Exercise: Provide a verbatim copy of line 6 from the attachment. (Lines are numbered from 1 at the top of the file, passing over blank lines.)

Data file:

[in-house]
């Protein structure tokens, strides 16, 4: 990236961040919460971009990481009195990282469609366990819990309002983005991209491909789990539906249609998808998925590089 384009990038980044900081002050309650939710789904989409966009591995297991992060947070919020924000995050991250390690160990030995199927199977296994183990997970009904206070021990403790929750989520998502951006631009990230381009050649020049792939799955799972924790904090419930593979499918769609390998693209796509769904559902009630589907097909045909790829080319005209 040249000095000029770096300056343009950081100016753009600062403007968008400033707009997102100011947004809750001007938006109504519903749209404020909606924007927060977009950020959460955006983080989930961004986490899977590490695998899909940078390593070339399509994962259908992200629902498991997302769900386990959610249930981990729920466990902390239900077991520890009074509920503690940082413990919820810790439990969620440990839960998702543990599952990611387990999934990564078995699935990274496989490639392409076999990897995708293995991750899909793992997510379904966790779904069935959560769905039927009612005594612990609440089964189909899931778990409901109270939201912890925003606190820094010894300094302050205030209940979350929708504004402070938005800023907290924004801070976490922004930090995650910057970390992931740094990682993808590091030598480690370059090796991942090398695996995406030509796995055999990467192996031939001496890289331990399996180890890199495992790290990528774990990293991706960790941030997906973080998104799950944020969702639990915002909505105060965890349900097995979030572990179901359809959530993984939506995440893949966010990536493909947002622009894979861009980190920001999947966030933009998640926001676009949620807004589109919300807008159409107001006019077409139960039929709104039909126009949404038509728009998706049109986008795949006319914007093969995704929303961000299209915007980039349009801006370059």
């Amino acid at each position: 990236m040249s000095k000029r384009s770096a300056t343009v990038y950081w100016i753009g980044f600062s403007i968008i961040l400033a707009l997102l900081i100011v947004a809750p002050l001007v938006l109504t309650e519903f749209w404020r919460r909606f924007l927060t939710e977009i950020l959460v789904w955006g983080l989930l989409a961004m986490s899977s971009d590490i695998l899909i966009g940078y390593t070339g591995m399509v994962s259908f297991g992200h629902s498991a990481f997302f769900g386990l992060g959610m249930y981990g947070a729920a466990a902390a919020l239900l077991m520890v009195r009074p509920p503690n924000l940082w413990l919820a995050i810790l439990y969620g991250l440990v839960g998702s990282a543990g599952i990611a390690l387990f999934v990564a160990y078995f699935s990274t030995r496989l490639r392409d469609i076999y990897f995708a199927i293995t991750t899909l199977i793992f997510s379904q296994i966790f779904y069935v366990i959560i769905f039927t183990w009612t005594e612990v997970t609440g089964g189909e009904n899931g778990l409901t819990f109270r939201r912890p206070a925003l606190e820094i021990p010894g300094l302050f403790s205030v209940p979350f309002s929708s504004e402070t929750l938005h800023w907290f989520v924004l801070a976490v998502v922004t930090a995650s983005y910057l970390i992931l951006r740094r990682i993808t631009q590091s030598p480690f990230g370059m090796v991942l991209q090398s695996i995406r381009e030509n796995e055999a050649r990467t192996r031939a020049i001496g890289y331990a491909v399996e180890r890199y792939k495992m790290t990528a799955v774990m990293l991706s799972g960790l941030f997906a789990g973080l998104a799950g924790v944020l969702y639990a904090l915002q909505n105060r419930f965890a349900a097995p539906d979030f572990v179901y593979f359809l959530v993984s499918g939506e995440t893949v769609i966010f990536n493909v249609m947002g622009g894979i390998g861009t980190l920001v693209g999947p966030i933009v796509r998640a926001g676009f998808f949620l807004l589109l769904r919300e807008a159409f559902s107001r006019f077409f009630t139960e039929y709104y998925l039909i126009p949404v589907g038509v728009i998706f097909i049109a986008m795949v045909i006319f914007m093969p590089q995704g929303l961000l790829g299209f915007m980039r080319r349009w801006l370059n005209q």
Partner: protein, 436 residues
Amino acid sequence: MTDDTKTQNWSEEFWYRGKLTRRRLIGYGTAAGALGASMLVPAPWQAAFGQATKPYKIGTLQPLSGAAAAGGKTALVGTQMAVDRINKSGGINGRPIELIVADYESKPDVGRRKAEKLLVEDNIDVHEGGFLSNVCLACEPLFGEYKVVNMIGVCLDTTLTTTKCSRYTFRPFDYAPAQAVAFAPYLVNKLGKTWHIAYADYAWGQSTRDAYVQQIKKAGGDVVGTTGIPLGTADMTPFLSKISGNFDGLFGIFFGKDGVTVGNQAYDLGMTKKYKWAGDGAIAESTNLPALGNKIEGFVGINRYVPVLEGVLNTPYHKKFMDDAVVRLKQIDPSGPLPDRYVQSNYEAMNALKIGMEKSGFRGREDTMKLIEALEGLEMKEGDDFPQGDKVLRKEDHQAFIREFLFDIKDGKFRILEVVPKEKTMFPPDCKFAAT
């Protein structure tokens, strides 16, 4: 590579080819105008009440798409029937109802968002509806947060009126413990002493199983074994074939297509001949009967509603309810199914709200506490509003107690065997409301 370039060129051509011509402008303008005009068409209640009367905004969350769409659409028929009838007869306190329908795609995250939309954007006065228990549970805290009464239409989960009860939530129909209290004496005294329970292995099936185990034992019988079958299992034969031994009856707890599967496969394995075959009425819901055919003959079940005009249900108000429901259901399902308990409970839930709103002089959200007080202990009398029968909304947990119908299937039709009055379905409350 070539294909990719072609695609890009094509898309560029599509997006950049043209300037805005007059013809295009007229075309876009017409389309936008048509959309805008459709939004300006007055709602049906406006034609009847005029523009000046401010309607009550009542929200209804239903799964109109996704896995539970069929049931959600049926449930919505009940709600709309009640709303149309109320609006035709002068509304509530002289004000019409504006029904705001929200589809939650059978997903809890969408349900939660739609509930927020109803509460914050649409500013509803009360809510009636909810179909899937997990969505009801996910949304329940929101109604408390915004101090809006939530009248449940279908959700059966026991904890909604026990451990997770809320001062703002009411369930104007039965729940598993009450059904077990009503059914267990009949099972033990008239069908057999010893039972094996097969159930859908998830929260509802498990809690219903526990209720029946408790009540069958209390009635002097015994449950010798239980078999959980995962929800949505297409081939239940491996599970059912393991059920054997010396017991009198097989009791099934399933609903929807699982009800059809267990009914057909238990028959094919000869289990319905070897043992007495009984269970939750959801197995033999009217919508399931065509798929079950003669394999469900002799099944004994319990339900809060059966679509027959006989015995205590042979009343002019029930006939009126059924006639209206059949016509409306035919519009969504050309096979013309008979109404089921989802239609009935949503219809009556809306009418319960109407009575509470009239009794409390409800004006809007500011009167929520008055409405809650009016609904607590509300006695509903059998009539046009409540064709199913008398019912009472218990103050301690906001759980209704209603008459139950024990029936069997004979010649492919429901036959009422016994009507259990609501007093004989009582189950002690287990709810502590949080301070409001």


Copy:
């Protein structure tokens, strides 16, 4: 590579080819105008009440798409029937109802968002509806947060009126413990002493199983074994074939297509001949009967509603309810199914709200506490509003107690065997409301 370039060129051509011509402008303008005009068409209640009367905004969350769409659409028929009838007869306190329908795609995250939309954007006065228990549970805290009464239409989960009860939530129909209290004496005294329970292995099936185990034992019988079958299992034969031994009856707890599967496969394995075959009425819901055919003959079940005009249900108000429901259901399902308990409970839930709103002089959200007080202990009398029968909304947990119908299937039709009055379905409350 070539294909990719072609695609890009094509898309560029599509997006950049043209300037805005007059013809295009007229075309876009017409389309936008048509959309805008459709939004300006007055709602049906406006034609009847005029523009000046401010309607009550009542929200209804239903799964109109996704896995539970069929049931959600049926449930919505009940709600709309009640709303149309109320609006035709002068509304509530002289004000019409504006029904705001929200589809939650059978997903809890969408349900939660739609509930927020109803509460914050649409500013509803009360809510009636909810179909899937997990969505009801996910949304329940929101109604408390915004101090809006939530009248449940279908959700059966026991904890909604026990451990997770809320001062703002009411369930104007039965729940598993009450059904077990009503059914267990009949099972033990008239069908057999010893039972094996097969159930859908998830929260509802498990809690219903526990209720029946408790009540069958209390009635002097015994449950010798239980078999959980995962929800949505297409081939239940491996599970059912393991059920054997010396017991009198097989009791099934399933609903929807699982009800059809267990009914057909238990028959094919000869289990319905070897043992007495009984269970939750959801197995033999009217919508399931065509798929079950003669394999469900002799099944004994319990339900809060059966679509027959006989015995205590042979009343002019029930006939009126059924006639209206059949016509409306035919519009969504050309096979013309008979109404089921989802239609009935949503219809009556809306009418319960109407009575509470009239009794409390409800004006809007500011009167929520008055409405809650009016609904607590509300006695509903059998009539046009409540064709199913008398019912009472218990103050301690906001759980209704209603008459139950024990029936069997004979010649492919429901036959009422016994009507259990609501007093004989009582189950002690287990709810502590949080301070409001």